I was lucky enough to go to the Hackney Empire last week, a fantastic 1901 theatre slightly off the beaten path (we had to take the Overground to get there – well outside my usual stomping grounds). We were there for a screening of the film ‘The Human Scale,’ a documentary about the work of Jan Gehl and the way he has worked to make cities all over the world more geared toward people and less geared toward cars and high rises. His most famous book is called ‘Cities for People’ and he is to urban planning what David Attenborough is to nature documentaries, so I was super, super psyched to get to see the film and to hear the Q&A with him afterward, and the whole evening totally lived up to my expectations.
One of the major tenets of Gehl’s work is borrowed directly from traffic engineering: it is a truism in urban planning that more roads does not ease congestion; it only encourages more driving. But, it turns out, it holds for public space as well: creating more public space creates more use of public space. This has been most recently demonstrated by the changes that Jeanette Sadik-Khan has made to the New York City street grid (pedestrianizing Times Square in 2009 being the platonic example). Man, do I wish I’d thought of that.
The film (which is 90 minutes, but we saw an abbreviated 60 minute version) focuses on 5 tenets of Gehl’s work, and chooses a case study (or in some cases 2) to illustrate the ways in which Gehl’s work has been applied and to what effect. For the most part I thought it was amazing; there was a section on high-rise suburbs in China; on traffic engineering in New York City, on pedestrianization in Copenhagen; in urban interventions in Melbourne; and a final section on the rebuilding of Christchurch, New Zealand. Gehl gave a short presentation on London, as well.
I’ve spent a fair amount of time in New York but none in China, Copenhagen or Melbourne. However, I did spend two very full days exploring Christchurch about a year ago. The city was devastated by a series of earthquakes in 2011-2012 that hit the downtown area especially hard – so much so that as of a year ago, a huge section of the city was still completely fenced off, completely inaccessible unless you were part of the demolition crew. In the initial rebuilding, the city moved to minimise parking and to restrict buildings to 6 stories, which a feasibility study suggested was most appropriate to Christchurch conditions – above 6 stories, buildings need stronger foundations and reinforcements that render extra stories less lucrative than is commonly imagined. Gehl Architects were called in to help the city envision its future and to create a redevelopment plan that respected the human scale and restored the city’s quality of life, though responsibility for the plan was subsequently taken away from the city government. And when I was there in March 2013, there were giant boards advertising the city’s bold plan of action.
It did not live up to my hopes and dreams.
The film made it clear that the outcome of the planning process was not everything Gehl Architects (not to mention Christchurch city planners) had hoped. And the scale of the disaster is something that’s hard to comprehend from a documentary film. Christchurch faces an uphill battle, even with Gehl Architects’ advice: New Zealand, as much as many parts of the US, is a car-dominated city (712 cars per 1000 people, vs. 828 in the US). A map of Christchurch is almost funny – even the most novice mapreader will be able to tell where the master-planned portion of the city ends:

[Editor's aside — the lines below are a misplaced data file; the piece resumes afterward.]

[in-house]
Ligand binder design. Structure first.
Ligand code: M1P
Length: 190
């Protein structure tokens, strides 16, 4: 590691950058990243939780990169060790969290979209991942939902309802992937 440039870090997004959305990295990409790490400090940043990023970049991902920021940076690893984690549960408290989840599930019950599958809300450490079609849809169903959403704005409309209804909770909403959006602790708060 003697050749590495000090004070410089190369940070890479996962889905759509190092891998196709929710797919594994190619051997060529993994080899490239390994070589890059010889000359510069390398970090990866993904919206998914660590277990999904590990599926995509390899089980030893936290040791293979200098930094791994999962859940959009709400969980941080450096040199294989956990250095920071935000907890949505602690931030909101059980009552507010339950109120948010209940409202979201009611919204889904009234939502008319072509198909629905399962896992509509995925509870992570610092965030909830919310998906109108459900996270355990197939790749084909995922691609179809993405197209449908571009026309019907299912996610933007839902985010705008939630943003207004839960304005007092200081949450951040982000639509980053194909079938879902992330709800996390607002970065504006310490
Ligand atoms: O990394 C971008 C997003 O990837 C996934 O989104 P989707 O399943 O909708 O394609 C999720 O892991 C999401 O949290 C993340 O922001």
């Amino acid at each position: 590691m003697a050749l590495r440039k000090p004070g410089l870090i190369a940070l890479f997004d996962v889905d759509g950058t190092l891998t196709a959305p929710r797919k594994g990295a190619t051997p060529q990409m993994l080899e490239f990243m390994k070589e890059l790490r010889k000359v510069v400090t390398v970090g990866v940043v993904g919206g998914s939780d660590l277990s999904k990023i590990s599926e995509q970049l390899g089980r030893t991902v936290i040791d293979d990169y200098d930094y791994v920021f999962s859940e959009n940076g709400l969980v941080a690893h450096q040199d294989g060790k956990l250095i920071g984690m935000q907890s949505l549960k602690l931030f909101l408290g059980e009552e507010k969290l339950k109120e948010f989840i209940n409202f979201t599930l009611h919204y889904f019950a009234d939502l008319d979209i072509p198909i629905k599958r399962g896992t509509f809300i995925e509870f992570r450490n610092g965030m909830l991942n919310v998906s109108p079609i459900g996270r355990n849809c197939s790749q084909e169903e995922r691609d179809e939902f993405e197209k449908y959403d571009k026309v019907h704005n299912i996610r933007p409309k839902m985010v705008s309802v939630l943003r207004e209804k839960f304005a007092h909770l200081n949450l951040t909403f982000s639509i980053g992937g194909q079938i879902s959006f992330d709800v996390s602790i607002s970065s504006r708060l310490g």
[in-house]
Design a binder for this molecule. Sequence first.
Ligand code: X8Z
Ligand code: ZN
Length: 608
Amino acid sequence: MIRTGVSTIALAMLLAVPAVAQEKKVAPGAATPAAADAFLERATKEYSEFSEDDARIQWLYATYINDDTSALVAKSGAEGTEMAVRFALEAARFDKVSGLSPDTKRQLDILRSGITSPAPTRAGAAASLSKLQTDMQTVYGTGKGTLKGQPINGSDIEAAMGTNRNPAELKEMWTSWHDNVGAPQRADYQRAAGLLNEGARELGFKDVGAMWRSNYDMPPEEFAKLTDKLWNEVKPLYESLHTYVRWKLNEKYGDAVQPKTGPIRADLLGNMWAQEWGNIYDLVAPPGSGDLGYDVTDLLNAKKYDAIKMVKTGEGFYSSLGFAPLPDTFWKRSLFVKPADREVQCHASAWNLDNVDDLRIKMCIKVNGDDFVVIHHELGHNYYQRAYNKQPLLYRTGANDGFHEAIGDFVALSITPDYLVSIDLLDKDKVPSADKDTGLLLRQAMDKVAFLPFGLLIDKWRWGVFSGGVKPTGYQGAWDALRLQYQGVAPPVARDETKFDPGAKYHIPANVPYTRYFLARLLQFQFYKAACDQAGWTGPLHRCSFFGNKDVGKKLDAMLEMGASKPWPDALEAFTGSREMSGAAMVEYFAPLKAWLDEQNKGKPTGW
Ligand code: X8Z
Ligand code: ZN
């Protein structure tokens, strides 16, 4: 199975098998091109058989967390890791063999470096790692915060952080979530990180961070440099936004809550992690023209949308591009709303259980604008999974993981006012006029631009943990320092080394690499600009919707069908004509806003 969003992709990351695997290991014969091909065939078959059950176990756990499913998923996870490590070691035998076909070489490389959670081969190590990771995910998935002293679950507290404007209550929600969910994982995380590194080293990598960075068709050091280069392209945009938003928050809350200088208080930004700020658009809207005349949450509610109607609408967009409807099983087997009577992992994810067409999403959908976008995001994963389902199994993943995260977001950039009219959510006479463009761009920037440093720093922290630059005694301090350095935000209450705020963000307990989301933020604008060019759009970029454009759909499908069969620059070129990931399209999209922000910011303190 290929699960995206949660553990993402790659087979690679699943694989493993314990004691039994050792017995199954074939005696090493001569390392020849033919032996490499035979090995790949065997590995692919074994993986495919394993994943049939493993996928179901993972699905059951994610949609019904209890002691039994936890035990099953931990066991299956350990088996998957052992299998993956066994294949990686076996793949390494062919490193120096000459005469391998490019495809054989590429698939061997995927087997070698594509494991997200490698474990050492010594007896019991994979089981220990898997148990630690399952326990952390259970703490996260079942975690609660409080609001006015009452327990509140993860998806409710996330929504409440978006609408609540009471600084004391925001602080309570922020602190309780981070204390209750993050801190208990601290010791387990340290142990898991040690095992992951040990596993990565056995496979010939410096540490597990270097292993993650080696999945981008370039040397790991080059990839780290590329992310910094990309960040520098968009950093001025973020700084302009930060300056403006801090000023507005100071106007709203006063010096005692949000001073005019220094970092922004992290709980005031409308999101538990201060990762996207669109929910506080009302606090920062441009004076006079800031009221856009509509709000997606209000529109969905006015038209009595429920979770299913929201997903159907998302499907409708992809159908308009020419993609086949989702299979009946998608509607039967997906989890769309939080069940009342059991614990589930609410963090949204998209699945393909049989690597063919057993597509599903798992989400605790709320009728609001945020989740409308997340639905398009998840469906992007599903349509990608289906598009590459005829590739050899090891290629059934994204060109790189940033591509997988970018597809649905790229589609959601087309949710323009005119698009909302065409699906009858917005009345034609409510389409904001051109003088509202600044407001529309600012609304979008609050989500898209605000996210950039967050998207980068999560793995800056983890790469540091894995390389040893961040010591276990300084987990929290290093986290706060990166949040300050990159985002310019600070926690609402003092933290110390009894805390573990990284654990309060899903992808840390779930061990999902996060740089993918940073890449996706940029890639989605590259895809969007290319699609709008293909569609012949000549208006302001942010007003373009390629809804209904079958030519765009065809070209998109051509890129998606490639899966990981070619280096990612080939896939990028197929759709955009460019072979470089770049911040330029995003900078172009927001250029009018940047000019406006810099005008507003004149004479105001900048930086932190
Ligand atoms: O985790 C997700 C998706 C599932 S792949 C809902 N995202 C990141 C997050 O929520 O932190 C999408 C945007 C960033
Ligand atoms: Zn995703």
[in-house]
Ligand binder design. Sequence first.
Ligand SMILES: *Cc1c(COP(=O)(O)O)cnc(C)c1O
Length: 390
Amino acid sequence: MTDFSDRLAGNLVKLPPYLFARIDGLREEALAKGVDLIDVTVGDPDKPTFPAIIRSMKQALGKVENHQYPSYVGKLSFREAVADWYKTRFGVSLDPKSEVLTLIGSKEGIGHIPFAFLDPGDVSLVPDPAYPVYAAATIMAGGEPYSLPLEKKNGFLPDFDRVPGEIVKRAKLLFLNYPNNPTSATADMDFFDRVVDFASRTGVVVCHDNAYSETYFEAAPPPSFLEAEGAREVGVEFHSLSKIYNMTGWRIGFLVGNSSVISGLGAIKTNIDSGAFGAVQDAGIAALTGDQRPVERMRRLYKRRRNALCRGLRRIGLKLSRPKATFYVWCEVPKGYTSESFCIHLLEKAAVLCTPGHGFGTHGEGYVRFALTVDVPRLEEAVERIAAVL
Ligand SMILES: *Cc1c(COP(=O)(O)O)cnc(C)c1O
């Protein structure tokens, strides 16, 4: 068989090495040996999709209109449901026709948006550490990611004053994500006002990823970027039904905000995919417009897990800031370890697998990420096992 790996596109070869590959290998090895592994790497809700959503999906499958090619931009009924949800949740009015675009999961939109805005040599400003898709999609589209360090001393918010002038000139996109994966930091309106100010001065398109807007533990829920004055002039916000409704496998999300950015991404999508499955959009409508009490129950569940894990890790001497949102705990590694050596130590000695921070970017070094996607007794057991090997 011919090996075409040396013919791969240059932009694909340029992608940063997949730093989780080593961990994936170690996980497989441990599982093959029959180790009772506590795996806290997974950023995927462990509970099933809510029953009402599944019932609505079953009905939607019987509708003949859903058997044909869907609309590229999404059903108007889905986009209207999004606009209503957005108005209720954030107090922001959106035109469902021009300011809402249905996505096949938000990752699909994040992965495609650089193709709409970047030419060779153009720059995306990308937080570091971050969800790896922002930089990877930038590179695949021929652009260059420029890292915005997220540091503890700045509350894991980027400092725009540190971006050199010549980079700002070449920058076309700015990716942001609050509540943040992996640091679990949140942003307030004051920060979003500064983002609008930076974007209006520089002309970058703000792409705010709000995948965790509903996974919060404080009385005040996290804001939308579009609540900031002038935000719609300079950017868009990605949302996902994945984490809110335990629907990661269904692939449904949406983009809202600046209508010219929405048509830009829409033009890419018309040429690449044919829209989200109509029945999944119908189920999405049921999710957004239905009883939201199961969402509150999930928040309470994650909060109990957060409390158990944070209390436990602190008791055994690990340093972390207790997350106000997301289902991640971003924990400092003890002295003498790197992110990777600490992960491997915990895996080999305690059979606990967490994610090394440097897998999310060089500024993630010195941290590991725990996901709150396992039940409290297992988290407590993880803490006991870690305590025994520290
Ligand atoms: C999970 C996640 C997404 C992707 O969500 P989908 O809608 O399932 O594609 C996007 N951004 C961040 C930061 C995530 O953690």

Like many colonial cities, Christchurch was founded on the site of a Maori settlement in the mid-19th century. The streets reflect the city’s origin and subsequent expansion, which is to say: they are really, really wide. In the US, midwestern cities (the same vintage as Christchurch) were built wide to accommodate streetcars and today are being retrofitted with bike lanes (and, in my hometown’s case, they’re resurrecting the streetcars. Woot!). I’m sure this is something that Gehl & Co. took into account when they actually made their recommendations to the city. But a few things struck me as I walked around, none of which were addressed by the masterplan the city ultimately ended up with or in ‘The Human Scale:’
1. The city is car-dominated. There are some lovely, quiet residential streets and a big park and some reasonably pleasant stuff, but the routes between them are dominated by wide avenues full of fast-moving traffic. While some early recovery projects have sought to address this, there was not a city-wide effort to address the ratio of pedestrian to car space.
2. The pace of rebuilding is frenetic, even with a big chunk of the city centre fenced off and still being demolished. Everywhere you go, you see billboards advertising new construction. The use, heights, scale and design quality of the buildings varied considerably.
3. The city masterplan is published and hanging on big boards outside the cathedral (which is fenced off, but as a major tourist attraction, has a special access point that allows yahoos like me to get a good view). The masterplan focuses on a series of mega-projects, like a new healthcare centre and a new conference facility, at the expense of the parts of the city people actually live in. I thought the future city outlined outside the cathedral represented a huge missed opportunity, and I will be detailing my logic in successive posts.
In the meantime, please note that my experience of the city is already outdated, as is ‘The Human Scale,’ both of which are from 2013. If there have been developments that I have missed, please let me know.